If we continue the alternate-history narrative from the last time I made these estimations in 2009, the result would have been the re-election of the Liberal-NDP coalition, giving them a majority instead of a minority with 49.5% of the vote (a gain of five points). But it would have been a changing of the guard, with the Liberals dropping 41 seats and the NDP picking up 77, most of them from the Bloc Québécois (which drops 52 seats). The Canadian Alliance and PCs would also increase their caucuses, by eight and seven seats, respectively. So, as in 2011, the only 'losing' parties would have been the Liberals and the Bloc - all the others increased their seats.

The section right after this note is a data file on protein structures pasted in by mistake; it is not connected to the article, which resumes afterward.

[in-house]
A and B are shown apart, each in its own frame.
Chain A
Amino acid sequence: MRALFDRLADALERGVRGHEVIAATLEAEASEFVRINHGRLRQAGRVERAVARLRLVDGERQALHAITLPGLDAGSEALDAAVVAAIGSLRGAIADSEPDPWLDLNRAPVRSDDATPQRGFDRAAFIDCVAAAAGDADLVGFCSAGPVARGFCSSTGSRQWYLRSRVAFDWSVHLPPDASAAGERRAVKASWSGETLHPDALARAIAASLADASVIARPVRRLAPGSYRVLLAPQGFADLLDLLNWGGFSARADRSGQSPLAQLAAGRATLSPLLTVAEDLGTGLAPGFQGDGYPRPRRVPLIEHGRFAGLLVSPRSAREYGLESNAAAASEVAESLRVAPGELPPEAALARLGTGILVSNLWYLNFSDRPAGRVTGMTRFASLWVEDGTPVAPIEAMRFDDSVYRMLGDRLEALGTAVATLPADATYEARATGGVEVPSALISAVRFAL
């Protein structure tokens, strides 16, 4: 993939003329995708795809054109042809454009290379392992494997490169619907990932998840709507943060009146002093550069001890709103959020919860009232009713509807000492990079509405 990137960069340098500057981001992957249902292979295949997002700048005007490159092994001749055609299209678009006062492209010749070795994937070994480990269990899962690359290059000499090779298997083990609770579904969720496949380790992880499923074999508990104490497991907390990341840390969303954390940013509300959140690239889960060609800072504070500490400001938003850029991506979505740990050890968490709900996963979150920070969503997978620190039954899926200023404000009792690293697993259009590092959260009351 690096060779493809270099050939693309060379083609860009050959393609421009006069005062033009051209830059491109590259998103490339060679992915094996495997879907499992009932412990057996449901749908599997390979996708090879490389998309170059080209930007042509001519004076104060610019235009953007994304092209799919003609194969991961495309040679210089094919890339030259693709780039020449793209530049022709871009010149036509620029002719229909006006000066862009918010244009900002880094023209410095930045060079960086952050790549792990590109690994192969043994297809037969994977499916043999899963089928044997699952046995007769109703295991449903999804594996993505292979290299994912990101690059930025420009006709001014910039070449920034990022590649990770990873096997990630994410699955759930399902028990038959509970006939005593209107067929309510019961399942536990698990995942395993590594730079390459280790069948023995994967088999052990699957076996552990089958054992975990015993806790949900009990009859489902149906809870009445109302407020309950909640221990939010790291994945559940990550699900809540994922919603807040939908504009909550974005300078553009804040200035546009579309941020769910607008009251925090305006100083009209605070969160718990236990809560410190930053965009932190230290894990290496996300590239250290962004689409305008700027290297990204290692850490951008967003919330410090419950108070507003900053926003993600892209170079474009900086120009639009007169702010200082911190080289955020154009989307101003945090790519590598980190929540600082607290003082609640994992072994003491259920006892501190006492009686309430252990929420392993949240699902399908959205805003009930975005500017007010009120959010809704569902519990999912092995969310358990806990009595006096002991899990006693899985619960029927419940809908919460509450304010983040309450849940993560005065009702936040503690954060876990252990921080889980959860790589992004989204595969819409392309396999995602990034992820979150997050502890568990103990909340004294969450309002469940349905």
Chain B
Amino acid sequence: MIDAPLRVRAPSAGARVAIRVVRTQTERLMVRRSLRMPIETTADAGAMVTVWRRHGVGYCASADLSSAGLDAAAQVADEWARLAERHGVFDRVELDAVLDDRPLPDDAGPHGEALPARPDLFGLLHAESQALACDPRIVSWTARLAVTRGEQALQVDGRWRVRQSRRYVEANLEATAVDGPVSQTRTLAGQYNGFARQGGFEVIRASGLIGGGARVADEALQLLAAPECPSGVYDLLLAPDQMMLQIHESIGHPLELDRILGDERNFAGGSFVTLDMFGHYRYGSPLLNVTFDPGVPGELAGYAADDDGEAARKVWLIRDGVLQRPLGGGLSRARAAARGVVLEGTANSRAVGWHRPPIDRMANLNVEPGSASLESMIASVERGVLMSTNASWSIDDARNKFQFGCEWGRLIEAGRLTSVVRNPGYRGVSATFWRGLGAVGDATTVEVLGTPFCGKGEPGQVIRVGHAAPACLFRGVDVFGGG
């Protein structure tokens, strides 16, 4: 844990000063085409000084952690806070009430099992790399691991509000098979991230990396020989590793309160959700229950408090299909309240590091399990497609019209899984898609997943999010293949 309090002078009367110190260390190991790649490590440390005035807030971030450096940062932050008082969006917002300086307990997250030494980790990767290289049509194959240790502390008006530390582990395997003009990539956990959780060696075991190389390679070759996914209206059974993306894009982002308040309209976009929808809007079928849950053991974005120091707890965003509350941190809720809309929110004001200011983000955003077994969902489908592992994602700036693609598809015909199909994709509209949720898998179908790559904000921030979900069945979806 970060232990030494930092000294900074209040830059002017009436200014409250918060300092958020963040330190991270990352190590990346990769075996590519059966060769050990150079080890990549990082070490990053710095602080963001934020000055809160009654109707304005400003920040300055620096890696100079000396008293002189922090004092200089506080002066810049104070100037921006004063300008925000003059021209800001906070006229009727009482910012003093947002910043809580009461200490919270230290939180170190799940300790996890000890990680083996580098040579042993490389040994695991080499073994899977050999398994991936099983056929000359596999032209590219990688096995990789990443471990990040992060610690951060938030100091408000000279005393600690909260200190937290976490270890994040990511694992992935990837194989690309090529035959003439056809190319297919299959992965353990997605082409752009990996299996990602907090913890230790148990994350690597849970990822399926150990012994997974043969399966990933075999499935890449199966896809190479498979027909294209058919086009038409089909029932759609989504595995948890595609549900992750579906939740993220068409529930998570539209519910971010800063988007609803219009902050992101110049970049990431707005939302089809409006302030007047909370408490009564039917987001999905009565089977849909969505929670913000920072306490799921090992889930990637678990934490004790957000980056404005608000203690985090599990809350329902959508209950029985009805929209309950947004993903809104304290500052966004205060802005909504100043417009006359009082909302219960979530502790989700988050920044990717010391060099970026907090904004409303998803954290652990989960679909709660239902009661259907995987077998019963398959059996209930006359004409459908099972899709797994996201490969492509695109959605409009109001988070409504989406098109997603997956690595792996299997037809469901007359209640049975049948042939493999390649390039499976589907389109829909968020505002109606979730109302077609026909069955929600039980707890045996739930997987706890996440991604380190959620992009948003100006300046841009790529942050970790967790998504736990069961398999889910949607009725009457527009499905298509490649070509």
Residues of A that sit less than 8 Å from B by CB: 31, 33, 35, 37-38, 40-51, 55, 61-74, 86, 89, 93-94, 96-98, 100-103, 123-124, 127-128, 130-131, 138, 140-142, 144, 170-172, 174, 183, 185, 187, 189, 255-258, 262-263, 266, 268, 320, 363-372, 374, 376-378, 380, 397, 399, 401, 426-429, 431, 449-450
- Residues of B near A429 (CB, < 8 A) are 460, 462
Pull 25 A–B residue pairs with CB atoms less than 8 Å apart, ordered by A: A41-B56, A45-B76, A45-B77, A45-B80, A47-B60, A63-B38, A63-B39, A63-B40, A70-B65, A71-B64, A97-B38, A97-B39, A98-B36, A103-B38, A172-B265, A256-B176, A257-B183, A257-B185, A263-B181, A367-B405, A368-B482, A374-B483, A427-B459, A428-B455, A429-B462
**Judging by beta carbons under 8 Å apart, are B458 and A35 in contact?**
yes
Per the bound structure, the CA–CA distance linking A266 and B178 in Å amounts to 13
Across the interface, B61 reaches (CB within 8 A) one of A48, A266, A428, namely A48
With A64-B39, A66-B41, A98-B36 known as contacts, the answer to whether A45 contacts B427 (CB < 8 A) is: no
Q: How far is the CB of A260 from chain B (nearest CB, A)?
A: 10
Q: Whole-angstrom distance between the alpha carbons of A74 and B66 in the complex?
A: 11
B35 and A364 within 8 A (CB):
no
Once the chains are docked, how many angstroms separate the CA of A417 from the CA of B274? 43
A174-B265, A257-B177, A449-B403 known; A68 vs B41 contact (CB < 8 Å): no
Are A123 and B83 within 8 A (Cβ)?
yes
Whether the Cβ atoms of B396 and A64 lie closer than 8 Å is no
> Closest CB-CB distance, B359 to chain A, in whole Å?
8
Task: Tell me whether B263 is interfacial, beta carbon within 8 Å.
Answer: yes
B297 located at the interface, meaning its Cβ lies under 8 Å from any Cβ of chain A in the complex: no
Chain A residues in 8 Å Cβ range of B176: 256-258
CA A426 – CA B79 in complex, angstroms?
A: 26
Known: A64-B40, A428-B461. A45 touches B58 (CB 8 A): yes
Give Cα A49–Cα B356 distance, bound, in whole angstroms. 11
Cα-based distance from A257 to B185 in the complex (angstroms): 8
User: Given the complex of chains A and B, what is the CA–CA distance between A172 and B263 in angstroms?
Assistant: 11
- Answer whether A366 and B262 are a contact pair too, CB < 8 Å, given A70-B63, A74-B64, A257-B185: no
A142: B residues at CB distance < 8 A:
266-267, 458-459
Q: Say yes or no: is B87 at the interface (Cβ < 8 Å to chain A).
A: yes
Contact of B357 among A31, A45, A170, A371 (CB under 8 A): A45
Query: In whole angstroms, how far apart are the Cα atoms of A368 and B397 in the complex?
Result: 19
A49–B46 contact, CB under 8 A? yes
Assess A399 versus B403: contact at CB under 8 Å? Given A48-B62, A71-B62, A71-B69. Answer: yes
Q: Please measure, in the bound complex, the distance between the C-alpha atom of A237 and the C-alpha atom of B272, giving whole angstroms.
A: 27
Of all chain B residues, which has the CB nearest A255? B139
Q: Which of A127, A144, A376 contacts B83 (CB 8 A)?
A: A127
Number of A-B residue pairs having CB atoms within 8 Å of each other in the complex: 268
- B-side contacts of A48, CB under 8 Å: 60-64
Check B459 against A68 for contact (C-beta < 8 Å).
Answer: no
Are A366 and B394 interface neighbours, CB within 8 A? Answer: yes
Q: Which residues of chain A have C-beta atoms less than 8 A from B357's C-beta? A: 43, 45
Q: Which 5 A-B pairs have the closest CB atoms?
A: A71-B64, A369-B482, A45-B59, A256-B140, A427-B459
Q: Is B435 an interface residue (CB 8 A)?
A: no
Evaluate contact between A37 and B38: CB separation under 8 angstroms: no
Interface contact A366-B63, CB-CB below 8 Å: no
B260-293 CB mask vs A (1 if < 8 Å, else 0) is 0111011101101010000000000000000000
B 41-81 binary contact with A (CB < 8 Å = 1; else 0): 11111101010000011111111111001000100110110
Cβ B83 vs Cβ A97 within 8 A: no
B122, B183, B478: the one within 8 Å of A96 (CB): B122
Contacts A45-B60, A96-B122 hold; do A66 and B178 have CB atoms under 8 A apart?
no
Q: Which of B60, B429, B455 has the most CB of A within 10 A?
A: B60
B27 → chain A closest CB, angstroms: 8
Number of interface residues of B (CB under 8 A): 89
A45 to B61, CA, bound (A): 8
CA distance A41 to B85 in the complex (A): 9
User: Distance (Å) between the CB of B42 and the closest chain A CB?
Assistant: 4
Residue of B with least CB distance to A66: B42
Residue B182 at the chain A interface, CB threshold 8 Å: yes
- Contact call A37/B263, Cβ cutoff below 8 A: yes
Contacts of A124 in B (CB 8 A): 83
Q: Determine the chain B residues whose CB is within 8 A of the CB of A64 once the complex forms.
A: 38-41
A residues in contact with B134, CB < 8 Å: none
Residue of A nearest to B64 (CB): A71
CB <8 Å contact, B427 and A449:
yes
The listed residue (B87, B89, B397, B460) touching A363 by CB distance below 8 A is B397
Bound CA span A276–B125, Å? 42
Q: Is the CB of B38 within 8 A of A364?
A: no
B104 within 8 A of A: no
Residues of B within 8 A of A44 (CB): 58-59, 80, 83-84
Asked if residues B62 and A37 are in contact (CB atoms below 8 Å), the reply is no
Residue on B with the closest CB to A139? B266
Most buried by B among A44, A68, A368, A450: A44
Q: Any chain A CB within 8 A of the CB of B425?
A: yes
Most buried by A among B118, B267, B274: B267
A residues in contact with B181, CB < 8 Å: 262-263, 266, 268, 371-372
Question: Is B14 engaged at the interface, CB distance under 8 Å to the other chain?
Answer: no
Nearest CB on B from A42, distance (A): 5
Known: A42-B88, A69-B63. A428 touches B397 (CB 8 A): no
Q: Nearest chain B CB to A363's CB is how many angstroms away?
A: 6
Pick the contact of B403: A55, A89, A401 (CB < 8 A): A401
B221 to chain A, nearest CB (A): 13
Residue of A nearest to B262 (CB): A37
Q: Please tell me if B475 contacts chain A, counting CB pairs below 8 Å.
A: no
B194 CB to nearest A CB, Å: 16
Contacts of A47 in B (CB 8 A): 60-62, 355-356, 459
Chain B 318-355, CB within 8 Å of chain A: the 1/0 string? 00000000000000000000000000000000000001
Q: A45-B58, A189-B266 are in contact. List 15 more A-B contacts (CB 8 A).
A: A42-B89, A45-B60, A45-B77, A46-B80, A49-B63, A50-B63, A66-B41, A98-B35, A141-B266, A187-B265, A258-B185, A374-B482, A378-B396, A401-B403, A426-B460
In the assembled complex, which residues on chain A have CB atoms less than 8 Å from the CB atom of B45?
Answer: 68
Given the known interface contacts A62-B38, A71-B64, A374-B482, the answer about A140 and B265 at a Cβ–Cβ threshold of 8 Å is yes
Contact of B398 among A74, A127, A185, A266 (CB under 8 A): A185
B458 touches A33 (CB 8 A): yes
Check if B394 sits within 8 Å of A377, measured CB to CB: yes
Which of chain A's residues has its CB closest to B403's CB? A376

This scenario is rather unlikely, considering that with a divided right the Liberals would have likely won a majority in 2004 and minorities in 2006 and 2008. It is hard to imagine that after three elections like that the Canadian Alliance and Progressive Conservatives would have still resisted a merger. But it is not entirely implausible, neither for the past nor the future - at this stage it seems easier to imagine the Conservative Party splintering again (say, if a Red Tory wins the next leadership race) than the Liberals and NDP merging. There is at least precedent for the former, and none for the latter. Divisions on the right in Alberta, for example, show how there can still be plenty of animosity between the two factions within the federal organization. There is no scope for such a disintegration in the short term, particularly under Stephen Harper. But nothing lasts forever.